• Challenge #2—Loss Challenge: Work to lose inches through the holidays.

For both challenges, measurements will be taken with the Fit3D scanner and an accumulation of specific measurements will determine a winner. To accompany the scans, each program participant will receive weekly newsletters containing videos to keep you focused and working hard! Each week videos will be sent containing workouts, nutrition tips, an exercise of the week, and a warrior challenge to finish it off.

NIFS members can sign up at the NIFS track desk located in the fitness center. All signups and scan-ins must be completed between November 6–12, and a subsequent scan out will take place between January 1–7. For this program we are asking that members “pay” by donating canned food items for Paw’s Pantry. Nonmembers can also join! For a fee of only $95, nonmembers will receive the scan-in/scan-out and all videos accompanying the program. In addition to this, the fee includes full access to NIFS and everything NIFS offers during the 7 weeks of the program between the start and end dates. Nonmembers interested in signing up can stop by the NIFS service desk to register.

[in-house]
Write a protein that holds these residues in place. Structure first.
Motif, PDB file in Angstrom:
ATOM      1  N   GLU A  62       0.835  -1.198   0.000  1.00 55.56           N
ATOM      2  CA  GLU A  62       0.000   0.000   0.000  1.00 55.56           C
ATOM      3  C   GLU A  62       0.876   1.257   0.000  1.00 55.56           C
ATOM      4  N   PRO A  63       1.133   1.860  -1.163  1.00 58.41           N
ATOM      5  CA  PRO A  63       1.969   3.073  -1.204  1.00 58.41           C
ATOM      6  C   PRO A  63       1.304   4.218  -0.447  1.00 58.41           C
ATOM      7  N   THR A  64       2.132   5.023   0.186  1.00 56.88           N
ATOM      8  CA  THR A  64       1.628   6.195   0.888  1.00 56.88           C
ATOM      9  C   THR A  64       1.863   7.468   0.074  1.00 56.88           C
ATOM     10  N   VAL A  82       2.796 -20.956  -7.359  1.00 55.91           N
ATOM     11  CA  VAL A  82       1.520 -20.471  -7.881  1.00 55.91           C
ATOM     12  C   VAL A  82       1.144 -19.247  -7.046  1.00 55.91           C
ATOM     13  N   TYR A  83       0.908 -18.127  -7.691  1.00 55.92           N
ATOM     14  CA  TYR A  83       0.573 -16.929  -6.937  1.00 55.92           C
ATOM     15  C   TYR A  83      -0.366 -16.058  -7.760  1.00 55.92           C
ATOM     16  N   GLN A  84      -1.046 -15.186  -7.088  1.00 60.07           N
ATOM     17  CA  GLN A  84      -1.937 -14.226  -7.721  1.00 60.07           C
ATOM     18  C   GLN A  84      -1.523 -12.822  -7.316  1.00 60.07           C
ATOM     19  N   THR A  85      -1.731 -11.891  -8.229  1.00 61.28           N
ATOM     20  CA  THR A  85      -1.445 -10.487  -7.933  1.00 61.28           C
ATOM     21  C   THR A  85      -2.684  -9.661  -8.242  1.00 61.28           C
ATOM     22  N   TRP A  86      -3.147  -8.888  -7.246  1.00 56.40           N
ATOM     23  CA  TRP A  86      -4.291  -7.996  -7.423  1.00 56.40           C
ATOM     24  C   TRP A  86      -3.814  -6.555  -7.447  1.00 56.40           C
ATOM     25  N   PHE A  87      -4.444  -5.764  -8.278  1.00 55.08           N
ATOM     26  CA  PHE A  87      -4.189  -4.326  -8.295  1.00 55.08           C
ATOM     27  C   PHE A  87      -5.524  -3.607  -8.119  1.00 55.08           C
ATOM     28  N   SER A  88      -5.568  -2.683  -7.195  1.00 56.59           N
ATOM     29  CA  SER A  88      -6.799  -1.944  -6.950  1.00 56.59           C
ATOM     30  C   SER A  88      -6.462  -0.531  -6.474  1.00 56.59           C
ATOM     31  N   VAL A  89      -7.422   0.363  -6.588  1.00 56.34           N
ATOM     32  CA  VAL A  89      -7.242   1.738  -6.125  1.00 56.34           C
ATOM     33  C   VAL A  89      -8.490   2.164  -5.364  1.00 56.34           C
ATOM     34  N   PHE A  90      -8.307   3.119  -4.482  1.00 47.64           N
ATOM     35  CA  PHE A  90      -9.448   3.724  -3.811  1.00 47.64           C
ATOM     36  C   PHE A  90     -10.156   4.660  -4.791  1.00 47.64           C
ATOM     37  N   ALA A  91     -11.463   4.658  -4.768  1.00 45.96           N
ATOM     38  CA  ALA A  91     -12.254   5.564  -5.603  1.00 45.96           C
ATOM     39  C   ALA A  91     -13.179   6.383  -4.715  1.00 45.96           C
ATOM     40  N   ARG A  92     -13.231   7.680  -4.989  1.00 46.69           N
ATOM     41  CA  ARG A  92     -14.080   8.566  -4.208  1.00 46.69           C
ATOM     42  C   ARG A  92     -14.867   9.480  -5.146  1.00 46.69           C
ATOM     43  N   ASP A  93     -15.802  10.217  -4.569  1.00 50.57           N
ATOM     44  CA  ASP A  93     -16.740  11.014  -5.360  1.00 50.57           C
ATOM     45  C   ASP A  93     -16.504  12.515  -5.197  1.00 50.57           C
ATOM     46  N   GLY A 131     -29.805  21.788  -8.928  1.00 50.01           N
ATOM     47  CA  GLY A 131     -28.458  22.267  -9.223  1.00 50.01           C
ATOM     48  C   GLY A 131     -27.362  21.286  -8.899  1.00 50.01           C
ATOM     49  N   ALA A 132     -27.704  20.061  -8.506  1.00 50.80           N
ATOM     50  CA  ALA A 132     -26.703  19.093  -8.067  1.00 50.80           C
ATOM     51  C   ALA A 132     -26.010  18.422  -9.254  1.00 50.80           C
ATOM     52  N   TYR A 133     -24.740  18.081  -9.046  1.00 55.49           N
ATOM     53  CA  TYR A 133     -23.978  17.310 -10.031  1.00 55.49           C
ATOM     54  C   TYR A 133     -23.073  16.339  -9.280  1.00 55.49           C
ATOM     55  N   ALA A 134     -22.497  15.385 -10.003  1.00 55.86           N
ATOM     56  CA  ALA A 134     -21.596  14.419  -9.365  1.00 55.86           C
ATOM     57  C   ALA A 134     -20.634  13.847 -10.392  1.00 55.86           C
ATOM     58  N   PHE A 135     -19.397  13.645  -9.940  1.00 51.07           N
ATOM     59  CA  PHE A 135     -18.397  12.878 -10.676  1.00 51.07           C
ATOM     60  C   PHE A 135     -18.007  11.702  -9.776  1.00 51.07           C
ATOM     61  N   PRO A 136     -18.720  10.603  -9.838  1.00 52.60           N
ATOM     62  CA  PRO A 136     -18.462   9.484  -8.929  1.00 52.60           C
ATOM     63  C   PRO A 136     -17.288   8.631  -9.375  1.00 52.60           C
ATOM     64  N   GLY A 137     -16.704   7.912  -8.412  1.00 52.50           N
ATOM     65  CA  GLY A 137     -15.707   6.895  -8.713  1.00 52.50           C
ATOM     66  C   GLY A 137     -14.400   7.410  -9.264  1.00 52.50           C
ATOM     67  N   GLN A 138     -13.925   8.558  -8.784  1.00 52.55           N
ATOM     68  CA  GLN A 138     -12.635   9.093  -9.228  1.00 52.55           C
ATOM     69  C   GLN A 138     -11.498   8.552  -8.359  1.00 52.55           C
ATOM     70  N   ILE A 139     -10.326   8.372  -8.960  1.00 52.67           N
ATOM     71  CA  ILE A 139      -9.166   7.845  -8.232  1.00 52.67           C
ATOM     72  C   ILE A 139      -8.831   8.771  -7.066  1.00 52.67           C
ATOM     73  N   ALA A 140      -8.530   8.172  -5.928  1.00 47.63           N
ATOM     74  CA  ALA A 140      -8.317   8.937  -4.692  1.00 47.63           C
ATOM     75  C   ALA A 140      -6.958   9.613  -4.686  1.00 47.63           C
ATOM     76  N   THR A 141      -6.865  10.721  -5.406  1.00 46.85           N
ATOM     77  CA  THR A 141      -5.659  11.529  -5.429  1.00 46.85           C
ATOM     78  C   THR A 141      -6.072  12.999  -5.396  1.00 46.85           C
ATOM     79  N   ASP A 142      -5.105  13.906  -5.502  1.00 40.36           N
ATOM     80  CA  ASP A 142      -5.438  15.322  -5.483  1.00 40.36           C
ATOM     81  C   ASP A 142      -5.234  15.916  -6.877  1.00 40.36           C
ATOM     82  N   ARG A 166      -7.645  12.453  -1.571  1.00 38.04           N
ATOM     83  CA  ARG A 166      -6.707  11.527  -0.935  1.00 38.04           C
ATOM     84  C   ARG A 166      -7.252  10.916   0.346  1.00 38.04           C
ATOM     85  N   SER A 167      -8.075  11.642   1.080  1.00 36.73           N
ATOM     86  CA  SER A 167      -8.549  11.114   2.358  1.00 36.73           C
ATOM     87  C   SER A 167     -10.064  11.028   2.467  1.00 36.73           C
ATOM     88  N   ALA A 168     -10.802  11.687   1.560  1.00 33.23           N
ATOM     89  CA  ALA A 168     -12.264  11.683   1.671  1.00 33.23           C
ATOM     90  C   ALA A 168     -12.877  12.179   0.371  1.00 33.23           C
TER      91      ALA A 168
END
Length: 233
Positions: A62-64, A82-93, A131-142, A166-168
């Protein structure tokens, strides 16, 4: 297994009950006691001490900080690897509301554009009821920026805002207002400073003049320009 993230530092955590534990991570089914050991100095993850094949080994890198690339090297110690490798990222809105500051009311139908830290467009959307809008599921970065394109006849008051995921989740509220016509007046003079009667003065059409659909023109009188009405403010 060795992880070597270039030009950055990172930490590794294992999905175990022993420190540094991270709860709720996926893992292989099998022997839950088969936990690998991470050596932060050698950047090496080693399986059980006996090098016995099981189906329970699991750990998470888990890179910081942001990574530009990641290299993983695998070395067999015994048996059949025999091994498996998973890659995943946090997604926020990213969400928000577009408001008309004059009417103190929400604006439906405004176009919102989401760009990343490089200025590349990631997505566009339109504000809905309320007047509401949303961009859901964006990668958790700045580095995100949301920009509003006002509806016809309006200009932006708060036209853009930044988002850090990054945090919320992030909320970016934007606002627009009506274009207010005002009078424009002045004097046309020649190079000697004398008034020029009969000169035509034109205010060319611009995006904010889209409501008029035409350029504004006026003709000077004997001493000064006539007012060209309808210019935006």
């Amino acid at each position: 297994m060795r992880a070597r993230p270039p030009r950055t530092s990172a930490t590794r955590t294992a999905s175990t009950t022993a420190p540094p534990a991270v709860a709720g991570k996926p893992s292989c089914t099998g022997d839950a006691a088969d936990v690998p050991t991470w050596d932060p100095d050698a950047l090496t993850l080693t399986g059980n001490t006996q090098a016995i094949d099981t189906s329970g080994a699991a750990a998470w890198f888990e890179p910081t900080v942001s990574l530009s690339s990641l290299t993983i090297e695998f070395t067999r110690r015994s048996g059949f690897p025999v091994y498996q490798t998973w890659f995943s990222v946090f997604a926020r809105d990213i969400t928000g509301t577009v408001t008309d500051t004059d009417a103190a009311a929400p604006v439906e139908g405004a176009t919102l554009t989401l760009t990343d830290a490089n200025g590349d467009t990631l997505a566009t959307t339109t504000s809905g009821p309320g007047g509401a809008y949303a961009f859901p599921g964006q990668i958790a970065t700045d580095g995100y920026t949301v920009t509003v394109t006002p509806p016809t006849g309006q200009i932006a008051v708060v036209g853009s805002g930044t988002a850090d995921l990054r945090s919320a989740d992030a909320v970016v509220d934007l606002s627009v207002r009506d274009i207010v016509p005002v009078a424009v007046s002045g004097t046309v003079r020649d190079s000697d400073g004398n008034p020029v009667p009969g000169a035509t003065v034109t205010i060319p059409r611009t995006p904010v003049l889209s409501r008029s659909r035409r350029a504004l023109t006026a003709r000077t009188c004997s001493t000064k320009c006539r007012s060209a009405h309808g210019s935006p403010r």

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Questions? Please contact Amanda Bireline (abireline@nifs.org or 317.274.3432, ext. 219).

This blog was written by Amanda Bireline, Fitness Center Manager. To find out more about the NIFS bloggers, click here.

Topics: NIFS fitness nutrition fitness center holidays accountability challenge weight management workout Thanksgiving muscle building christmas

5 Ways to Keep Up with Workouts When College Stress Hits

ThinkstockPhotos-135551982.jpgWhen it comes to settling back into school, adjusting to the crazy schedule can become one of the biggest tasks. From classes each day, to group project meetings, to homework due dates and the dreaded semester exams, how are we supposed to find the time to keep ourselves healthy and fit?

In the summer you may have had no classes or potentially just one, leaving you with a hefty amount of extra free time to spend how you like. Getting back into those fitness goals that you wanted to accomplish wasn’t such a hard task. However, when school stress sets in, students find that that time gets cut short and they tend to give up on focusing on their own health.

Tips for Fitness in College